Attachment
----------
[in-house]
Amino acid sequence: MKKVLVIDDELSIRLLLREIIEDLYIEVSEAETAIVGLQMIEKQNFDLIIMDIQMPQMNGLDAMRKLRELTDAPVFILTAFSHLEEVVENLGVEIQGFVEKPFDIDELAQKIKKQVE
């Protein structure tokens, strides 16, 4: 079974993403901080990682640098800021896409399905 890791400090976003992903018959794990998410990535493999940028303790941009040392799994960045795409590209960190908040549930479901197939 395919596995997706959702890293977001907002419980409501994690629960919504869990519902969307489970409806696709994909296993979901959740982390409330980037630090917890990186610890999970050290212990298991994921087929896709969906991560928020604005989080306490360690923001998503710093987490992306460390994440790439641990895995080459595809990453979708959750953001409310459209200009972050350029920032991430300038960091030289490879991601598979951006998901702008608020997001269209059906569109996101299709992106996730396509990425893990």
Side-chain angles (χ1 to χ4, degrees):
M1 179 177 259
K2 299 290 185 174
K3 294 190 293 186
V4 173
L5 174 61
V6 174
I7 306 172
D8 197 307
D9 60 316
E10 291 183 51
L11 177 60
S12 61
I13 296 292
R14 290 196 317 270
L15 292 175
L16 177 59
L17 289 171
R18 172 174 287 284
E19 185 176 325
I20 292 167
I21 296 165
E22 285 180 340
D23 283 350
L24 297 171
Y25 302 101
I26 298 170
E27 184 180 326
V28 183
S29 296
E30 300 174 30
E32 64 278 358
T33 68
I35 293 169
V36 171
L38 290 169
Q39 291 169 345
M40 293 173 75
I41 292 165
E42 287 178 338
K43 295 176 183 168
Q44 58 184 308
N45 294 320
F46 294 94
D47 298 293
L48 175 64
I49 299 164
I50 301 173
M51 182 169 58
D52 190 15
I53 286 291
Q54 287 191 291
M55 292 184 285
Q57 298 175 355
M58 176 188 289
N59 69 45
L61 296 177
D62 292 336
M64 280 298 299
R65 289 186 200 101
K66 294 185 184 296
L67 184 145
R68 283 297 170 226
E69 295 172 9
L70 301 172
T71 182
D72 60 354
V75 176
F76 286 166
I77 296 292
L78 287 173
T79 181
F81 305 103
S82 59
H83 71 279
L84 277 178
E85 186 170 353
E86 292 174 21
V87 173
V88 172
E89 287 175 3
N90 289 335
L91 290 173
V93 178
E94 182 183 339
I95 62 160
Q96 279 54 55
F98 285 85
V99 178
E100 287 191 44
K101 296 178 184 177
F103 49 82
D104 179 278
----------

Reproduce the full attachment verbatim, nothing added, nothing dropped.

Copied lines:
[in-house]
Amino acid sequence: MKKVLVIDDELSIRLLLREIIEDLYIEVSEAETAIVGLQMIEKQNFDLIIMDIQMPQMNGLDAMRKLRELTDAPVFILTAFSHLEEVVENLGVEIQGFVEKPFDIDELAQKIKKQVE
């Protein structure tokens, strides 16, 4: 079974993403901080990682640098800021896409399905 890791400090976003992903018959794990998410990535493999940028303790941009040392799994960045795409590209960190908040549930479901197939 395919596995997706959702890293977001907002419980409501994690629960919504869990519902969307489970409806696709994909296993979901959740982390409330980037630090917890990186610890999970050290212990298991994921087929896709969906991560928020604005989080306490360690923001998503710093987490992306460390994440790439641990895995080459595809990453979708959750953001409310459209200009972050350029920032991430300038960091030289490879991601598979951006998901702008608020997001269209059906569109996101299709992106996730396509990425893990």
Side-chain angles (χ1 to χ4, degrees):
M1 179 177 259
K2 299 290 185 174
K3 294 190 293 186
V4 173
L5 174 61
V6 174
I7 306 172
D8 197 307
D9 60 316
E10 291 183 51
L11 177 60
S12 61
I13 296 292
R14 290 196 317 270
L15 292 175
L16 177 59
L17 289 171
R18 172 174 287 284
E19 185 176 325
I20 292 167
I21 296 165
E22 285 180 340
D23 283 350
L24 297 171
Y25 302 101
I26 298 170
E27 184 180 326
V28 183
S29 296
E30 300 174 30
E32 64 278 358
T33 68
I35 293 169
V36 171
L38 290 169
Q39 291 169 345
M40 293 173 75
I41 292 165
E42 287 178 338
K43 295 176 183 168
Q44 58 184 308
N45 294 320
F46 294 94
D47 298 293
L48 175 64
I49 299 164
I50 301 173
M51 182 169 58
D52 190 15
I53 286 291
Q54 287 191 291
M55 292 184 285
Q57 298 175 355
M58 176 188 289
N59 69 45
L61 296 177
D62 292 336
M64 280 298 299
R65 289 186 200 101
K66 294 185 184 296
L67 184 145
R68 283 297 170 226
E69 295 172 9
L70 301 172
T71 182
D72 60 354
V75 176
F76 286 166
I77 296 292
L78 287 173
T79 181
F81 305 103
S82 59
H83 71 279
L84 277 178
E85 186 170 353
E86 292 174 21
V87 173
V88 172
E89 287 175 3
N90 289 335
L91 290 173
V93 178
E94 182 183 339
I95 62 160
Q96 279 54 55
F98 285 85
V99 178
E100 287 191 44
K101 296 178 184 177
F103 49 82
D104 179 278